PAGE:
While a lack of teacher readiness for a digital transition can be one perceived barrier to making the digital transition, another objection I sometimes hear from teachers is that they are concerned at the impact technology is having on the way students write and communicate.  Therefore, they don’t want to add any more technology to their classrooms.

There may be a belief texting is eroding students’ writing skills. Or that students are always on Snapchat, and their personal communication skills are being weakened. Or that the use of digital assistants like Siri and Alexa are hampering our students’ language abilities.

However, the reality is that technology is already deeply integrated into our lives outside the classroom and it’s here to stay. Our students need rich educational experiences with multiple resources—both print and digital, dynamic and static text, on multiple platforms including devices, smartphones, even virtual assistants like Siri or Alexa.

We don’t necessarily need 1:1 educational experiences; we need 1:digital.

How to Approach the Digital Transition

This imperative means that it is up to us as teachers to today take on the challenge of teaching students to use digital resources in an impactful, appropriate way, and approach the digital transition with an and, not or attitude.  Here are some suggestions:

  • Enhance the instructional experience by integrating digital strategies and content with “traditional” teaching strategies. This approach can be a catalyst for increasing student engagement. For example, ask students to write a five-paragraph essay, and then have them summarize their work Twitter-style in 140 characters or less. Or, have students create hypotheses about what type of sunlight, soil, and nutrition grow the best tomatoes through a virtual lab, then test those hypotheses with real tomato plants. Look for opportunities to provide both hands-on and digital learning experiences to your students.
  • Let the content support differentiation. In a classroom powered by digital resources, a teacher can more easily assign students texts at different lexiles, or provide information through multimodal texts, empower students to access information through multiple languages, and much, much more. Digital resources can help teachers not only expand their impact, but it can be a tool that can help scale what we know is good instructional practice.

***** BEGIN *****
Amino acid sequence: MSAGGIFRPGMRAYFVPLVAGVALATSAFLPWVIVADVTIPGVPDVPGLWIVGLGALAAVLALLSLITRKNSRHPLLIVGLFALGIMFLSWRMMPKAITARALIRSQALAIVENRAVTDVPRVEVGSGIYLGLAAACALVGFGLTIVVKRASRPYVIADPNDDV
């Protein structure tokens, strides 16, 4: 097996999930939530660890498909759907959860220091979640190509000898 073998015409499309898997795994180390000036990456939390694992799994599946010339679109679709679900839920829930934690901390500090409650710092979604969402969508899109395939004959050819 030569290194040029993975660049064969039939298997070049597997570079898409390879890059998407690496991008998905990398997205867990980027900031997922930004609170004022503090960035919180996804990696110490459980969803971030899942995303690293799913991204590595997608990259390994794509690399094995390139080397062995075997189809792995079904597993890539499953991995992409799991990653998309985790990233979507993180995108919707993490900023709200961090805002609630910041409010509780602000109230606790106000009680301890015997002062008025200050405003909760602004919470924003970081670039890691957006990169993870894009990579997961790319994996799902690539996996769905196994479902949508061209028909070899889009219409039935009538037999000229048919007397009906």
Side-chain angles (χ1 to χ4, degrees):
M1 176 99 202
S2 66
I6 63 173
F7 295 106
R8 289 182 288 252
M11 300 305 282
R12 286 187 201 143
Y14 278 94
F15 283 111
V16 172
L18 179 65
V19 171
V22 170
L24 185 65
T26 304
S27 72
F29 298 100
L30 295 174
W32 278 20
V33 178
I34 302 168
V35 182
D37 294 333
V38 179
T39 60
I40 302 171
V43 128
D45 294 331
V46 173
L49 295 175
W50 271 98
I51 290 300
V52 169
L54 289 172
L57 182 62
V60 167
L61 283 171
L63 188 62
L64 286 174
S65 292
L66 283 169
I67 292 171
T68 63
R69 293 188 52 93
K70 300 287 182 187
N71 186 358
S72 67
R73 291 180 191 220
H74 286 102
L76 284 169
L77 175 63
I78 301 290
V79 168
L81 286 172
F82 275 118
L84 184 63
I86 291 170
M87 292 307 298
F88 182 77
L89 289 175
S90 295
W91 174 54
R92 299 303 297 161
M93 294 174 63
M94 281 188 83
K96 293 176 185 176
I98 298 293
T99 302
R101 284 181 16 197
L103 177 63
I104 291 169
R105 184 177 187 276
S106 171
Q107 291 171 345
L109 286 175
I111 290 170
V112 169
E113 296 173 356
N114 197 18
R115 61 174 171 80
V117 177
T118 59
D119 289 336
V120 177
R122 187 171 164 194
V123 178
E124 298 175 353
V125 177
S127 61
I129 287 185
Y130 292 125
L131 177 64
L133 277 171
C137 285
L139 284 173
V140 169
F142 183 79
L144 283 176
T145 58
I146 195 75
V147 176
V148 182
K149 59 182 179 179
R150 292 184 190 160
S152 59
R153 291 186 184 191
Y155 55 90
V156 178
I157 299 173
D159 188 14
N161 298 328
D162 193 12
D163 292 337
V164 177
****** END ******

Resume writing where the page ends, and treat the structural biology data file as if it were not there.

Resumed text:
• Use technology to teach students how to learn. New apps.  Technologies like Siri. New types of digital content like Virtual Reality. Every day, it seems, there is something new.  Engage your students in exploring these new tools. How will a new app help their learning? When and why should it be used? We know the how is just as important as the what. Think about the Standard for Mathematical Practice that requires students to use appropriate tools strategically. Technology makes this a practicality.

And, practicality, in many cases, leads to buy-in, which brings us full circle.

The key is for all teachers who have not yet begun making the digital transition to get started on making that shift today. Our students cannot wait for teachers to feel 100 percent comfortable with the funding, training, or buy-in that supports a digital transition, because their preparation for life beyond graduation is happening right now.

Even if you don’t fully buy-in, as one of my colleagues says, at least “be” in.  Engage your students with robust digital content. Try a new app. Put Alexa in your classroom and explore how to integrate it into your instruction.

Don’t worry. Your students will help because when it comes to buy-in with digital, they are leading the charge.